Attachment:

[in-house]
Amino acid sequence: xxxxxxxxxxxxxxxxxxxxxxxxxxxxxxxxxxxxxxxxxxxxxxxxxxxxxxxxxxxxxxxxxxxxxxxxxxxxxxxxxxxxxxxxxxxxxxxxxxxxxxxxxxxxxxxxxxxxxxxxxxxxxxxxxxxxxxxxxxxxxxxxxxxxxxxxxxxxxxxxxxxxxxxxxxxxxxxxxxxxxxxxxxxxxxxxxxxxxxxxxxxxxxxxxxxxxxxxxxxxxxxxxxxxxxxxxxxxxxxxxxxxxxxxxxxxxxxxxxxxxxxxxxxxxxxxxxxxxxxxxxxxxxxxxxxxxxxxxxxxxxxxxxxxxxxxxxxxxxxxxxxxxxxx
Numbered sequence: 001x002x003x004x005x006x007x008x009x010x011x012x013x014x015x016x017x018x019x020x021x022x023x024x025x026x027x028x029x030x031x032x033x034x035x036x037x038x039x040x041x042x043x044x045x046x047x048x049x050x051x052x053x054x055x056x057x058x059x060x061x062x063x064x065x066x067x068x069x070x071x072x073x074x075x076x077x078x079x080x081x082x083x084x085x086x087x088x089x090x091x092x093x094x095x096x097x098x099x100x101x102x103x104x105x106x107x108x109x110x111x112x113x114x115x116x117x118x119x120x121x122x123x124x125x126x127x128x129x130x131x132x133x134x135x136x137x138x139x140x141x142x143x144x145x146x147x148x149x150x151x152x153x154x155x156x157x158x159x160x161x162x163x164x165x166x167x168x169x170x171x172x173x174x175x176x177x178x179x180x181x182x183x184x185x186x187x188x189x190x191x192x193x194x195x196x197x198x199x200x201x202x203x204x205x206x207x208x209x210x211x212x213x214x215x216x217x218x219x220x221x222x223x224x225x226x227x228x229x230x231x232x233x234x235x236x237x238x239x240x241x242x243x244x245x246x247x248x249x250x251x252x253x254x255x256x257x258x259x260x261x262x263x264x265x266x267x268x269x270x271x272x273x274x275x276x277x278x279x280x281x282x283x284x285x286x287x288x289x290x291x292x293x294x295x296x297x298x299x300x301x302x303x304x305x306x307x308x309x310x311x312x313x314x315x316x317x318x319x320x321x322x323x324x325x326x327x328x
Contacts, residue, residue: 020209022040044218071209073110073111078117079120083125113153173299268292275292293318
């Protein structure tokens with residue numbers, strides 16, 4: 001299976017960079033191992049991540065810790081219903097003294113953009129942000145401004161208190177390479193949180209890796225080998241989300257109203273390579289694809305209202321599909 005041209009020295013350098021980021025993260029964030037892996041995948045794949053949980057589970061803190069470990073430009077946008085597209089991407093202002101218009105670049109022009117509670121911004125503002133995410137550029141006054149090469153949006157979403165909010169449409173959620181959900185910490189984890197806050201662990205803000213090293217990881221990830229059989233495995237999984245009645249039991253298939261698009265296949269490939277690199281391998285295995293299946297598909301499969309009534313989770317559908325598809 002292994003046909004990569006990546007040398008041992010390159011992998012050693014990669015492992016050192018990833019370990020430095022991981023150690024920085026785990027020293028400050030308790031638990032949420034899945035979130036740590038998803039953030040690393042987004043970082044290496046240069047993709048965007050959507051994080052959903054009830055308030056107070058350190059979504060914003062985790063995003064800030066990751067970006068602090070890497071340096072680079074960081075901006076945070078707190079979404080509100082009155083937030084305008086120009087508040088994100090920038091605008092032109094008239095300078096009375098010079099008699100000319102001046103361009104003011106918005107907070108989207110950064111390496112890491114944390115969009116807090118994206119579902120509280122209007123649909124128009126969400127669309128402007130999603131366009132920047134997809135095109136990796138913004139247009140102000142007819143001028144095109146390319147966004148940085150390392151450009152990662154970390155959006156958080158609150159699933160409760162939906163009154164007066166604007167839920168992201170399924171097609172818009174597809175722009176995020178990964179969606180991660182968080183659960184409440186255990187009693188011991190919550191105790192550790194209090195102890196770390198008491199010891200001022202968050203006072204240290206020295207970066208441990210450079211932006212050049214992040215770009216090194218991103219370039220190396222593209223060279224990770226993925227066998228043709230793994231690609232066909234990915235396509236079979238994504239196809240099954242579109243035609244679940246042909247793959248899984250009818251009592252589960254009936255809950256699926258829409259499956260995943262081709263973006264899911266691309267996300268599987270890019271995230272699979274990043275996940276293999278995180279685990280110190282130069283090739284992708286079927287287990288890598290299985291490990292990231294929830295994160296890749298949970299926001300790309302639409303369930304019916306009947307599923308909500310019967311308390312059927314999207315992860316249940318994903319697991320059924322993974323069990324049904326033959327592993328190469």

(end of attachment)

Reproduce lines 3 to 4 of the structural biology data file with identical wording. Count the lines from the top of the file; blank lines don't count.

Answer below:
Numbered sequence: 001x002x003x004x005x006x007x008x009x010x011x012x013x014x015x016x017x018x019x020x021x022x023x024x025x026x027x028x029x030x031x032x033x034x035x036x037x038x039x040x041x042x043x044x045x046x047x048x049x050x051x052x053x054x055x056x057x058x059x060x061x062x063x064x065x066x067x068x069x070x071x072x073x074x075x076x077x078x079x080x081x082x083x084x085x086x087x088x089x090x091x092x093x094x095x096x097x098x099x100x101x102x103x104x105x106x107x108x109x110x111x112x113x114x115x116x117x118x119x120x121x122x123x124x125x126x127x128x129x130x131x132x133x134x135x136x137x138x139x140x141x142x143x144x145x146x147x148x149x150x151x152x153x154x155x156x157x158x159x160x161x162x163x164x165x166x167x168x169x170x171x172x173x174x175x176x177x178x179x180x181x182x183x184x185x186x187x188x189x190x191x192x193x194x195x196x197x198x199x200x201x202x203x204x205x206x207x208x209x210x211x212x213x214x215x216x217x218x219x220x221x222x223x224x225x226x227x228x229x230x231x232x233x234x235x236x237x238x239x240x241x242x243x244x245x246x247x248x249x250x251x252x253x254x255x256x257x258x259x260x261x262x263x264x265x266x267x268x269x270x271x272x273x274x275x276x277x278x279x280x281x282x283x284x285x286x287x288x289x290x291x292x293x294x295x296x297x298x299x300x301x302x303x304x305x306x307x308x309x310x311x312x313x314x315x316x317x318x319x320x321x322x323x324x325x326x327x328x
Contacts, residue, residue: 020209022040044218071209073110073111078117079120083125113153173299268292275292293318